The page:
May 2000


by David Basch

This is the third of David Basch's books in which he explores the Judaic influences on the work of William Shakespeare. In doing so, he also succeeds in deciphering the meaning of the Sonnets, a task that had long resisted solution.

While the Sonnets is one of the most popular of the Poet's works it yet has been one of his most troublesome. While it is unique in presenting the Poet speaking in his own voice with the implication of presenting him directly, unfiltered through the characters and stories of his plays, this has not come as an unmixed blessing. In spite of the great beauty of the sentiments and poetic expressions of the Sonnets, it often is marred by the difficulties in meaning of not a few of its 154 poems. Moreover, the poems have been disturbing for what they seem to tell about the Poet himself as a man riven with dark obsessions.

With this as its context, the Sonnets hardly offered a promising prospect for disclosing a Judaic content, let alone one that resolves its mysteries -- a surmise testified to by the books of many accomplished commentators that have taken readers along an opposite course. How then could Basch, the most unlikely of commentators, find what has eluded all others? He explains this anomaly by simply stating that the only reason this happened is that he had received the guidance of the great Poet himself through the codes that the Poet left behind in this very work. It is this discovery that more than justifies still another book in an already crowded field of all those on the Sonnets.

The codes presented in this latest book are unlike the recondite ciphers and codes alleged decades earlier by commentators to prove that Francis Bacon or others wrote the Poet's works (all of which allegations having been fully discredited). The key to the new codes is their Judaic origin, something completely overlooked in prior investigations. This omission relegated attempts at finding devices as akin to solving a nine-dot puzzle by staying within the envelope of the nine dots. But Basch, who was trained as an architect and city planner, was not limited by conventional assumptions of Shakespearean scholarship that had insured failure. As a result, he was able to embark on the fascinating process of discovery and interpretation which he now shares with his readers.

The author is not alone in defending his findings. The Chancellor of Israel's Bar-Ilan University, Rabbi Emanuel Rackman, has openly confirmed Basch's work. (A statement of the rabbi's views appears on the back cover of the book.) Rabbi Rackman is confident that what has been revealed will be "an important addition to the Poet's legacy to the world" even as it will also be of particular and "enormous interest to the Jewish community." The Rabbi, who was at various stages of his career a practicing attorney and pulpit rabbi in the United States and became Chancellor of Bar-Ilan University as a result of his great success in launching the Judaic Studies program of the City University of New York, is hardly someone that could be called less than a credible witness. His corroboration of Basch's work certainly tells that those interested in this topic should not fail to check this book out.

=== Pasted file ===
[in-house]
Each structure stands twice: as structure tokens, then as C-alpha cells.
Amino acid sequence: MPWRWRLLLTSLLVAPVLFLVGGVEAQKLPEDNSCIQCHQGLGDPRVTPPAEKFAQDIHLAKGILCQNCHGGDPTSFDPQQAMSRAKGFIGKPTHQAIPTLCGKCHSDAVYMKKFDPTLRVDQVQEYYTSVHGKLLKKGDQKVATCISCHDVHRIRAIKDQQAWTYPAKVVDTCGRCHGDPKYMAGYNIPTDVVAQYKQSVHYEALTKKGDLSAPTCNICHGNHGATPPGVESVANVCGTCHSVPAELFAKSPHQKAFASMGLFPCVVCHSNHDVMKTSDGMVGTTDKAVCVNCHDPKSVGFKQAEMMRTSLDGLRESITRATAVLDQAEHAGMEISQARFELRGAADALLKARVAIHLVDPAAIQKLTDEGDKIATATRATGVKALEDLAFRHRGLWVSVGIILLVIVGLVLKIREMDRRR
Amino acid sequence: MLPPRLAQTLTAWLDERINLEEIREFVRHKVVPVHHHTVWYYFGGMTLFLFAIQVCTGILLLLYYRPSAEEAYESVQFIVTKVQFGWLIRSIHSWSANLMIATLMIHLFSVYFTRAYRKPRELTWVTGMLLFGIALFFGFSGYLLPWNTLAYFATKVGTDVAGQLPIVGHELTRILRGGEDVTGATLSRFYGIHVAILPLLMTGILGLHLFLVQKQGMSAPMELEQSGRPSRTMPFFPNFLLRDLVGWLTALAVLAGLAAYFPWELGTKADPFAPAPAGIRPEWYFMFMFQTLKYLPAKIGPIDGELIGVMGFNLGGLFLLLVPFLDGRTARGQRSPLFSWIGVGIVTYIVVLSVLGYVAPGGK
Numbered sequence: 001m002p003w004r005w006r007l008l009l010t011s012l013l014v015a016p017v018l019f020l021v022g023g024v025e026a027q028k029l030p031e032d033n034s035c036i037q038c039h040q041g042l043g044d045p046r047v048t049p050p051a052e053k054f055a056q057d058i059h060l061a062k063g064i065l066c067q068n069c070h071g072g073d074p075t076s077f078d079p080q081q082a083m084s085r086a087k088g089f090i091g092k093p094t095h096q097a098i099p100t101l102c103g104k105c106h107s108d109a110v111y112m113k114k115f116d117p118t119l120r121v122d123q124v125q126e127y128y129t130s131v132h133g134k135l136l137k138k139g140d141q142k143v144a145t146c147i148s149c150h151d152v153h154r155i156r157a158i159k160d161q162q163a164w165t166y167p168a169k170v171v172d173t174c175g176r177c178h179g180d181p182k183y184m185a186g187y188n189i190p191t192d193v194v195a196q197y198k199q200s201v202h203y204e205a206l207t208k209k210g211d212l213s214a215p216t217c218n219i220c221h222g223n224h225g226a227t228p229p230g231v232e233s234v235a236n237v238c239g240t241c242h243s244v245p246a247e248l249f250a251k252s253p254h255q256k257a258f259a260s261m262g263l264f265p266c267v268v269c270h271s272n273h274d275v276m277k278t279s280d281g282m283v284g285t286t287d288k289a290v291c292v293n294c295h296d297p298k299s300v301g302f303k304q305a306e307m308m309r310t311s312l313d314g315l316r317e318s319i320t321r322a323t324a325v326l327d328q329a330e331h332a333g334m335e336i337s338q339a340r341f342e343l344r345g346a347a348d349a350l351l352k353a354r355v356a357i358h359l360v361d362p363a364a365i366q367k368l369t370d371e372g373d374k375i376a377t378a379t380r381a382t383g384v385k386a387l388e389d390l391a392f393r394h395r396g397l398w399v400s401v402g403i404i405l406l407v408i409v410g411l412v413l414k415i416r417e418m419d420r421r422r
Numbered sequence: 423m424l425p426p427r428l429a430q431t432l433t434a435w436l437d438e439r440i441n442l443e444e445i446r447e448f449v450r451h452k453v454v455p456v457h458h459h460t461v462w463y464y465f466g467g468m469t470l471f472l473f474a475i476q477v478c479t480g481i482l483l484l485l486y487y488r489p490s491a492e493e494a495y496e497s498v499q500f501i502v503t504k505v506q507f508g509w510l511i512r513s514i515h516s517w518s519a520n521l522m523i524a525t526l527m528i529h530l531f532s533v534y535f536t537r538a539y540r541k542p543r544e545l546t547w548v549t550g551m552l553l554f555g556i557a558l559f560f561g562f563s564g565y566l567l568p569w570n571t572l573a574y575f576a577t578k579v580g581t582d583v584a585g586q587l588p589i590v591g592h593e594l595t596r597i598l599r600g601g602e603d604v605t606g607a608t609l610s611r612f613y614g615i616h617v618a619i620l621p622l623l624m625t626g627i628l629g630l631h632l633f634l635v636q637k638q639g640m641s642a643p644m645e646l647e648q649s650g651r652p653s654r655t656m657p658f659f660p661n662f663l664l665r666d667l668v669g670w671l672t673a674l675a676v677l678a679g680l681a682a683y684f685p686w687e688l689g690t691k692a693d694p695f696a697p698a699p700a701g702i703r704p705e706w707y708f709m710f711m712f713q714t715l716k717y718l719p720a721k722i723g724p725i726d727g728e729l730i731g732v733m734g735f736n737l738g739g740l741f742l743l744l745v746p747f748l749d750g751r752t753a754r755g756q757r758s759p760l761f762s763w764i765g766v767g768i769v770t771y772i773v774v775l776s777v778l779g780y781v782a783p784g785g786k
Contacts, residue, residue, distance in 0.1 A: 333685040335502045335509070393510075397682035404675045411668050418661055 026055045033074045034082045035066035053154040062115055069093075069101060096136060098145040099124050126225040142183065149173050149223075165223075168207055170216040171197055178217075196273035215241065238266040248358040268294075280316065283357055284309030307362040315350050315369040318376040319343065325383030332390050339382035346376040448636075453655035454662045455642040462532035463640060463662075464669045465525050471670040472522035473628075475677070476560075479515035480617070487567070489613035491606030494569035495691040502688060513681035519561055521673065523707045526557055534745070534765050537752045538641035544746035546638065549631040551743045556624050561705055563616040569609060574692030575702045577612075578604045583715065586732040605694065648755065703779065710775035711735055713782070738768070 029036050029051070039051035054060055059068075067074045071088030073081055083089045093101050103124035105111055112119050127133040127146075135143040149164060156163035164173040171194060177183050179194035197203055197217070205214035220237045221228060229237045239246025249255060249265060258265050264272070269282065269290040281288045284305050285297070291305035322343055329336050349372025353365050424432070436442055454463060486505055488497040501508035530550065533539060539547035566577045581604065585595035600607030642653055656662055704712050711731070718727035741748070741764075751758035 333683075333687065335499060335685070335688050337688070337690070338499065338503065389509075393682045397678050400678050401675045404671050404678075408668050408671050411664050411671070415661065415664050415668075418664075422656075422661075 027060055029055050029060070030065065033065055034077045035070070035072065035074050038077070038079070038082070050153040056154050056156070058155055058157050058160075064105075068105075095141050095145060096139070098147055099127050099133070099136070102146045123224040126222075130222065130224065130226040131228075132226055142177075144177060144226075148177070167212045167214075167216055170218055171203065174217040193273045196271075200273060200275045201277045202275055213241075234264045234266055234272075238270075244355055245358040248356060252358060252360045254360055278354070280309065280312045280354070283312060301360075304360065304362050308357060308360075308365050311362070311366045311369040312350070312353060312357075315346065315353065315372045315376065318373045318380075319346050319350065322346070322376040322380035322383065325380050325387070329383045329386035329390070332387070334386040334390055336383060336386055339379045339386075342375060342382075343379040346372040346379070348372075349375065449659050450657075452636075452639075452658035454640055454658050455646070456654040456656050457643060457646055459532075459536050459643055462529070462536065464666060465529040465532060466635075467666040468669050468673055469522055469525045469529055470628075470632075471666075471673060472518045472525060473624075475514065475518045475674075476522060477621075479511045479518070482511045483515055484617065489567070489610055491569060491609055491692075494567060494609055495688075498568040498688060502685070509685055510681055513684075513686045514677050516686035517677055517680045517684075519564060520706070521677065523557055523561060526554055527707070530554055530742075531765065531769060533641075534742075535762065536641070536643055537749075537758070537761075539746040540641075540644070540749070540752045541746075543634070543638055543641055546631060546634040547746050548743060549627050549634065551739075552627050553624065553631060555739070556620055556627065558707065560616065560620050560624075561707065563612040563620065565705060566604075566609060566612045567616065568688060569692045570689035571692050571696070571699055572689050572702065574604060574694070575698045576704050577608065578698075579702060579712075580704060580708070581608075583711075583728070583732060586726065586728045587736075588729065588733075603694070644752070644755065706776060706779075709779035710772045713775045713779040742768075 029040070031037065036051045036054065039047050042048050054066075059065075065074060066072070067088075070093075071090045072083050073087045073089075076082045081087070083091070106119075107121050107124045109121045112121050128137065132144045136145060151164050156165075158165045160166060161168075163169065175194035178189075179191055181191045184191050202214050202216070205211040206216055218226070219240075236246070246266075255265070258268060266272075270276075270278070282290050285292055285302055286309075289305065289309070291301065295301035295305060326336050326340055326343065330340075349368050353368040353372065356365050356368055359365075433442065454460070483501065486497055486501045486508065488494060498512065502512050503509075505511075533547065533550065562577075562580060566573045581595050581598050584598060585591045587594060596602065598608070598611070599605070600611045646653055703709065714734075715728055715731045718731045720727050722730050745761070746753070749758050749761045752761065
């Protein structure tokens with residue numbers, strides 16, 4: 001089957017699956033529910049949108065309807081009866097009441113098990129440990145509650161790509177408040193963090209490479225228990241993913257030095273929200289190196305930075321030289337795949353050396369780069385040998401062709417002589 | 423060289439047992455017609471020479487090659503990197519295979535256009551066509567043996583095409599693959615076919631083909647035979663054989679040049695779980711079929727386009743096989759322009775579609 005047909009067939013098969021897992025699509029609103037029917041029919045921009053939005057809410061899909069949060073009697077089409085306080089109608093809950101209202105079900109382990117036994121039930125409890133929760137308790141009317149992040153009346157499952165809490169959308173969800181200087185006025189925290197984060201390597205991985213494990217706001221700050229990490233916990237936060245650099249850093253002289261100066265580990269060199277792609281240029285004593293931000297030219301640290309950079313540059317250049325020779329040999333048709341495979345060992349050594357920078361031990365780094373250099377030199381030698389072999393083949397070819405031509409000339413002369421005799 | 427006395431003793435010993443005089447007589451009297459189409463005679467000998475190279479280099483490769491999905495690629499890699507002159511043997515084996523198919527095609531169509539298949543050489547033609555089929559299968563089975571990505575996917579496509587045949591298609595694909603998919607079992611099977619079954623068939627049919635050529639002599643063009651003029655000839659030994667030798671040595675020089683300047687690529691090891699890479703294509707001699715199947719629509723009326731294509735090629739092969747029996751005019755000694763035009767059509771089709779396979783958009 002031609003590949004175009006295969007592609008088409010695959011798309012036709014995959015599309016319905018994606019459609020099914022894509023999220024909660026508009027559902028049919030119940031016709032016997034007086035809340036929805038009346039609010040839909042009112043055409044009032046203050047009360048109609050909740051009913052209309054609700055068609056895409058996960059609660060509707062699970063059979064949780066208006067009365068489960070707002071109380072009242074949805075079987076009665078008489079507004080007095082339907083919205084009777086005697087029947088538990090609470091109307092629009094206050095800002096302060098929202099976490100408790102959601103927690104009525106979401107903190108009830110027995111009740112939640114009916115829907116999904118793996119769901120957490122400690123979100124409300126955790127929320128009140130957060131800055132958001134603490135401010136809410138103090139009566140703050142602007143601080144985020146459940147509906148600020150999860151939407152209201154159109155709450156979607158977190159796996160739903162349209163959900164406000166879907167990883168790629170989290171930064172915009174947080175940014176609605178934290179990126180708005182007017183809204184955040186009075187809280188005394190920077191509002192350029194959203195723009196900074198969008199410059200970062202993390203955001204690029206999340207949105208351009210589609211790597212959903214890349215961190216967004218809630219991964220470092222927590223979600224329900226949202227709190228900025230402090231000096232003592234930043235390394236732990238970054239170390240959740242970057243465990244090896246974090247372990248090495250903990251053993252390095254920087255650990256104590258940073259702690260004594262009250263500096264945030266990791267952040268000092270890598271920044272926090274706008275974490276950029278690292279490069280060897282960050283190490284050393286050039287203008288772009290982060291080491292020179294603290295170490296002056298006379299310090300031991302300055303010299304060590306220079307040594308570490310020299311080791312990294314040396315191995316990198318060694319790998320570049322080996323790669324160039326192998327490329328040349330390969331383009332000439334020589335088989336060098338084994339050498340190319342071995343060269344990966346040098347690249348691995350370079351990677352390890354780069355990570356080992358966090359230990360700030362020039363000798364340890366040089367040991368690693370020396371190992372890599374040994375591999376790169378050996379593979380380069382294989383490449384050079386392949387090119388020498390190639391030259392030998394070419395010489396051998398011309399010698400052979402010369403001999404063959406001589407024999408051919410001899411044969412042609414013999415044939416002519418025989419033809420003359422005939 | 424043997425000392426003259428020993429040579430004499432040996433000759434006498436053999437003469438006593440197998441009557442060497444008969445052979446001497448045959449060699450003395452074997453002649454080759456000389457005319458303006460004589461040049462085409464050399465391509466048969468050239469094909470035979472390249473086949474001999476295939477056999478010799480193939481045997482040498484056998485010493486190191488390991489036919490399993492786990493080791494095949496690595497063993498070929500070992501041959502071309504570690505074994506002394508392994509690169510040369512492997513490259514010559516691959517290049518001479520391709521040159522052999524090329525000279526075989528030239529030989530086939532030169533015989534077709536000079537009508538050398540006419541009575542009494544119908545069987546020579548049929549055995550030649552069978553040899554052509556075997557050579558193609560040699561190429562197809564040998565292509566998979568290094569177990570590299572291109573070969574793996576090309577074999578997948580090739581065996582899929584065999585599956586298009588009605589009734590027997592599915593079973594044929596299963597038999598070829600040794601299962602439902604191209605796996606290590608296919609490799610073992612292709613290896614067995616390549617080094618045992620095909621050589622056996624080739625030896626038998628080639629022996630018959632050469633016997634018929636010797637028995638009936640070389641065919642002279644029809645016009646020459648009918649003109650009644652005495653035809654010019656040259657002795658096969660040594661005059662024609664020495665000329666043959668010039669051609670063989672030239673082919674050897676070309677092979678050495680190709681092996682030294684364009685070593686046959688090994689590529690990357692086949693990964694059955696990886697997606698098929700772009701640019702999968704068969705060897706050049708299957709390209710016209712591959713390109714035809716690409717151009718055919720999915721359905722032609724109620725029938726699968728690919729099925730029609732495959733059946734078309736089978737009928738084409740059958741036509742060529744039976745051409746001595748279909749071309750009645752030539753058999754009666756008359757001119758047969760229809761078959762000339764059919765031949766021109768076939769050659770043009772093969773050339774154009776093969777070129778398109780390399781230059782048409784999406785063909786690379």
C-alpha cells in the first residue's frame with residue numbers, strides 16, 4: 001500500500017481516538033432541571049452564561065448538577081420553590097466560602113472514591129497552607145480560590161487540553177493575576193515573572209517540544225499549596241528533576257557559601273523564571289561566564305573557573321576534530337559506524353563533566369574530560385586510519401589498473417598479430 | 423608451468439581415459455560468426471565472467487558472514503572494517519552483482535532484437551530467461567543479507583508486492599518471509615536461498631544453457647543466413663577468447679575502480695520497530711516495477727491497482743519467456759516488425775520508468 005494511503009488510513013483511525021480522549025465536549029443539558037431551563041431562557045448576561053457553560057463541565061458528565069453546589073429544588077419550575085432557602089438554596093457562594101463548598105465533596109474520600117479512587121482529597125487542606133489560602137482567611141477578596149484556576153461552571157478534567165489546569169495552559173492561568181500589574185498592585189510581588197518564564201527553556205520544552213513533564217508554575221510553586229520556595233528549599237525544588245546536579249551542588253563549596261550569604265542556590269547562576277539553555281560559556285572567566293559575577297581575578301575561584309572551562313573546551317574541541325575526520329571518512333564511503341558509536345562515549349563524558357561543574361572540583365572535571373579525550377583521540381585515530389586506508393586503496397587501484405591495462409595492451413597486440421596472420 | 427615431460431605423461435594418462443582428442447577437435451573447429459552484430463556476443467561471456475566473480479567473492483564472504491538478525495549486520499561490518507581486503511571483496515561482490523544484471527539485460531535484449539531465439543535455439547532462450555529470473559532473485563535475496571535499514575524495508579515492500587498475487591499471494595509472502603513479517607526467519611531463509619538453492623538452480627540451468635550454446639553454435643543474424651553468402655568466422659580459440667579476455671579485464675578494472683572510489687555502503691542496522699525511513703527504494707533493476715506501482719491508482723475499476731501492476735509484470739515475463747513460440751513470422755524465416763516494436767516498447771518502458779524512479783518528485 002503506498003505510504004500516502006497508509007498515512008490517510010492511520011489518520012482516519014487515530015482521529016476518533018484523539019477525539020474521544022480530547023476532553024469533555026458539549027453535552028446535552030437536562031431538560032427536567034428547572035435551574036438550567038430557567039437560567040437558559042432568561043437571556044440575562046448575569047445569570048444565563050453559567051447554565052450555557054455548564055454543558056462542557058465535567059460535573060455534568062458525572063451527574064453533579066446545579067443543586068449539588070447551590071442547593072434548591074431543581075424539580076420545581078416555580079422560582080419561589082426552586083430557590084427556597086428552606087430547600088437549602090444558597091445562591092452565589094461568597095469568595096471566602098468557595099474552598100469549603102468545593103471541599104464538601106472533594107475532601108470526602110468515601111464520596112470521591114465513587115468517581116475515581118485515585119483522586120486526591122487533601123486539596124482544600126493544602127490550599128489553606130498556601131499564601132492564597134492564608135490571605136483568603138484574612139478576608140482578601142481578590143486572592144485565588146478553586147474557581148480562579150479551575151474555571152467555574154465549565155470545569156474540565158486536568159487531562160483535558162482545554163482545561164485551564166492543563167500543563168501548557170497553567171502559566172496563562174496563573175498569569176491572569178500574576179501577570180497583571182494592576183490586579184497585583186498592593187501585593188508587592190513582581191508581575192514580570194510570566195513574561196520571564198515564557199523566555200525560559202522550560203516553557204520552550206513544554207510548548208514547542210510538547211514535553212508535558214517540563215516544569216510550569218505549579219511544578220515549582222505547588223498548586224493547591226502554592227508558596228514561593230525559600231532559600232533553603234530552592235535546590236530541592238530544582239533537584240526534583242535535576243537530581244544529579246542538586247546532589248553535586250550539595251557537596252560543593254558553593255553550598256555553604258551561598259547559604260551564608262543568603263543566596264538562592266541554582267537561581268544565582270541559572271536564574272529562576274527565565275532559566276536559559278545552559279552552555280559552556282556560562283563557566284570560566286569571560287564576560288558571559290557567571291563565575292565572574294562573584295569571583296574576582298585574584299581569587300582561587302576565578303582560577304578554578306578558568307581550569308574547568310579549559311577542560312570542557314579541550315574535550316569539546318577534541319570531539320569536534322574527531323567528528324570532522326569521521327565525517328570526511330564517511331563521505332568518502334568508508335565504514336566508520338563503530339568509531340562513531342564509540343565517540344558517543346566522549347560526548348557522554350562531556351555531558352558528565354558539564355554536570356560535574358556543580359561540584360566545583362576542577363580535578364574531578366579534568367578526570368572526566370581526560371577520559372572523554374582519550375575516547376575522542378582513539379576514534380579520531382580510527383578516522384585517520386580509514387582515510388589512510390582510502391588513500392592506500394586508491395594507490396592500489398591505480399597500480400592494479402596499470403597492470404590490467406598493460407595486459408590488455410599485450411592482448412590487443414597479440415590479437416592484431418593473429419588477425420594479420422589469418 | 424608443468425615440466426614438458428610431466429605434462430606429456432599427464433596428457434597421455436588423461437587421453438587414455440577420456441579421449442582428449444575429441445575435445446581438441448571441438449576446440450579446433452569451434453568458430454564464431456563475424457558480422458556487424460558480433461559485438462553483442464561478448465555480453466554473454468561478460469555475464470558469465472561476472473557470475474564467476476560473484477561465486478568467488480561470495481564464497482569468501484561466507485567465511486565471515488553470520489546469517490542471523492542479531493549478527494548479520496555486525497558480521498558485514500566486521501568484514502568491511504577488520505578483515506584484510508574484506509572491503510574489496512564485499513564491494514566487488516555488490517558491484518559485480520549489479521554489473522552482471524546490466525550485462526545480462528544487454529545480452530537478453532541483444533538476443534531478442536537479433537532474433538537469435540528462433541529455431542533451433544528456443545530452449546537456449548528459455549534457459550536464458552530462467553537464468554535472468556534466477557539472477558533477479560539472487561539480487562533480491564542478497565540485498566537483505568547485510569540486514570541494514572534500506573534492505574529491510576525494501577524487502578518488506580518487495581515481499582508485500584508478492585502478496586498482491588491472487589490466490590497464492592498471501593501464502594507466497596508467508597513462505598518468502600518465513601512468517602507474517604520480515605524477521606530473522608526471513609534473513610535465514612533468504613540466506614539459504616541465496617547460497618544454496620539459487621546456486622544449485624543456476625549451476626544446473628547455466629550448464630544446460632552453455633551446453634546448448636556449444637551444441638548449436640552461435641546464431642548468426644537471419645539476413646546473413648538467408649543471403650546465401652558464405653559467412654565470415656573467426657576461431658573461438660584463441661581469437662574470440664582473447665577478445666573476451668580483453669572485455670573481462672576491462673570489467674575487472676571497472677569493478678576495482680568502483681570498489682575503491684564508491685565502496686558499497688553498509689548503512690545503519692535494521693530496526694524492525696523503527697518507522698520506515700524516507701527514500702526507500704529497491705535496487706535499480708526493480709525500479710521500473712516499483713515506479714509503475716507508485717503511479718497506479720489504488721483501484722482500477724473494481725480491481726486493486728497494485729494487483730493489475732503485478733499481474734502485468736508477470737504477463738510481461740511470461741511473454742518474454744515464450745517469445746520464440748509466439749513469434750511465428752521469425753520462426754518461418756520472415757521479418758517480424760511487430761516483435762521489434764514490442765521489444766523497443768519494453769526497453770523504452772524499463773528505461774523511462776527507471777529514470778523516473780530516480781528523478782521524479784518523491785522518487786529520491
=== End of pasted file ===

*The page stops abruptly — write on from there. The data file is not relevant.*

The 634 pages of The Shakespeare Codes is arranged in two parts. The first is comprised of seven chapters dealing with the analysis of the Sonnets. What emerges is the variety of the codes and devices that the Poet used and how these enabled the revelation of the inner meaning of some of the most difficult of the poems and of the message of the work as a whole. The second part, which comprises a book in itself, presents a sonnet by sonnet analysis of each of the 154 sonnets -- most of these not treated earlier -- and for the first time applies to them the new insights. Accompanying this is a copy of each sonnet in its original Quarto text and layout, including the odd spelling and other format features that were found to have been essential in revealing the codes. Lest any reader think that this portion of the book would be an anticlimax in the light of the earlier dramatic discoveries, that reader is soon disabused of this preconception as some of the most spectacular of the findings appear here.

What will be appreciated by readers are the author's efforts and schemes to communicate with those unfamiliar with the Sonnets or with Judaic materials. Also, since this book could only deal with the wealth of its subject matter in a limited way -- not least owing to the author's own admitted limitations as a Shakespearean and Judaic scholar -- it positively stimulates and invites the ingenuity of others. Such persons will be delighted to learn that they have ample opportunity to bring to bear their own talents and wisdom to this unfolding subject.

In The Shakespeare Codes, David Basch has once again made significant additions to the study of the Poet's work and to a lot more besides. Not only do Shakespeare's poems become more understandable and enriched, but the Poet himself is truly revealed in ways never before thought possible as he expresses his personal thoughts in words of wisdom and insight for a modern world. These are contributions that admirers of the Poet will find most welcome as they become aware of the nature and scope of what has newly been revealed and learn of the uncanny skill and genius that the Poet used in bringing this forth.




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